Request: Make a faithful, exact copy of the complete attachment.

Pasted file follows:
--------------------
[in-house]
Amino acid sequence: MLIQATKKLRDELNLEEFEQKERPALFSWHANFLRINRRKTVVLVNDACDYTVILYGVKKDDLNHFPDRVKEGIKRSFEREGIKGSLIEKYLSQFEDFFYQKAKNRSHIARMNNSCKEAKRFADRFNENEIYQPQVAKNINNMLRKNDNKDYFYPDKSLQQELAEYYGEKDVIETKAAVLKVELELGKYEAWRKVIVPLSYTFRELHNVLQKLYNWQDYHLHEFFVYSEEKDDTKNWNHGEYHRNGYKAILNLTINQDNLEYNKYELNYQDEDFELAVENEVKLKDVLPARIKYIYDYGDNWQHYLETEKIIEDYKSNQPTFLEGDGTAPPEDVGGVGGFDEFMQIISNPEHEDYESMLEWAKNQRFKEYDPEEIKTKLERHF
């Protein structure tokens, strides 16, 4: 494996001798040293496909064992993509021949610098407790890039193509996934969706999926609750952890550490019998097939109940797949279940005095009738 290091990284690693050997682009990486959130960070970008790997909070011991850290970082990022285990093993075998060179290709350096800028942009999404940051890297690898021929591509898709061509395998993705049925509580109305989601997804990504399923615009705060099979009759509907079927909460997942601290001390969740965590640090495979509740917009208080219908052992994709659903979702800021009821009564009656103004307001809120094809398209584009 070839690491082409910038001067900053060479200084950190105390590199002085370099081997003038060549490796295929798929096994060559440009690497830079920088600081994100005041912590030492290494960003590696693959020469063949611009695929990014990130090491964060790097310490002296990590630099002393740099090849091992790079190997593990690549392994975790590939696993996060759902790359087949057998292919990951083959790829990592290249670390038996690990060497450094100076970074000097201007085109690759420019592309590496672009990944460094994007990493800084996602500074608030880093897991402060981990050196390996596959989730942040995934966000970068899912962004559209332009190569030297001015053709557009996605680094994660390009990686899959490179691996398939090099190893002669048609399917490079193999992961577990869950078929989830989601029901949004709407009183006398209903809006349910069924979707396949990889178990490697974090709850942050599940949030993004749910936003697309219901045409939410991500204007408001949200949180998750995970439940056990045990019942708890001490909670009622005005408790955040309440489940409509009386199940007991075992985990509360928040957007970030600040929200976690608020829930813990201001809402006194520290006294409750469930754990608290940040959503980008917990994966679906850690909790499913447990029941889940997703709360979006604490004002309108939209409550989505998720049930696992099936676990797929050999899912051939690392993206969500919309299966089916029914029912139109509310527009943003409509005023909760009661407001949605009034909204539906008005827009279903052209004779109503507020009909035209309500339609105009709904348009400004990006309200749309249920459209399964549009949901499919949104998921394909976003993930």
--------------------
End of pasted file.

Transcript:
[in-house]
Amino acid sequence: MLIQATKKLRDELNLEEFEQKERPALFSWHANFLRINRRKTVVLVNDACDYTVILYGVKKDDLNHFPDRVKEGIKRSFEREGIKGSLIEKYLSQFEDFFYQKAKNRSHIARMNNSCKEAKRFADRFNENEIYQPQVAKNINNMLRKNDNKDYFYPDKSLQQELAEYYGEKDVIETKAAVLKVELELGKYEAWRKVIVPLSYTFRELHNVLQKLYNWQDYHLHEFFVYSEEKDDTKNWNHGEYHRNGYKAILNLTINQDNLEYNKYELNYQDEDFELAVENEVKLKDVLPARIKYIYDYGDNWQHYLETEKIIEDYKSNQPTFLEGDGTAPPEDVGGVGGFDEFMQIISNPEHEDYESMLEWAKNQRFKEYDPEEIKTKLERHF
């Protein structure tokens, strides 16, 4: 494996001798040293496909064992993509021949610098407790890039193509996934969706999926609750952890550490019998097939109940797949279940005095009738 290091990284690693050997682009990486959130960070970008790997909070011991850290970082990022285990093993075998060179290709350096800028942009999404940051890297690898021929591509898709061509395998993705049925509580109305989601997804990504399923615009705060099979009759509907079927909460997942601290001390969740965590640090495979509740917009208080219908052992994709659903979702800021009821009564009656103004307001809120094809398209584009 070839690491082409910038001067900053060479200084950190105390590199002085370099081997003038060549490796295929798929096994060559440009690497830079920088600081994100005041912590030492290494960003590696693959020469063949611009695929990014990130090491964060790097310490002296990590630099002393740099090849091992790079190997593990690549392994975790590939696993996060759902790359087949057998292919990951083959790829990592290249670390038996690990060497450094100076970074000097201007085109690759420019592309590496672009990944460094994007990493800084996602500074608030880093897991402060981990050196390996596959989730942040995934966000970068899912962004559209332009190569030297001015053709557009996605680094994660390009990686899959490179691996398939090099190893002669048609399917490079193999992961577990869950078929989830989601029901949004709407009183006398209903809006349910069924979707396949990889178990490697974090709850942050599940949030993004749910936003697309219901045409939410991500204007408001949200949180998750995970439940056990045990019942708890001490909670009622005005408790955040309440489940409509009386199940007991075992985990509360928040957007970030600040929200976690608020829930813990201001809402006194520290006294409750469930754990608290940040959503980008917990994966679906850690909790499913447990029941889940997703709360979006604490004002309108939209409550989505998720049930696992099936676990797929050999899912051939690392993206969500919309299966089916029914029912139109509310527009943003409509005023909760009661407001949605009034909204539906008005827009279903052209004779109503507020009909035209309500339609105009709904348009400004990006309200749309249920459209399964549009949901499919949104998921394909976003993930």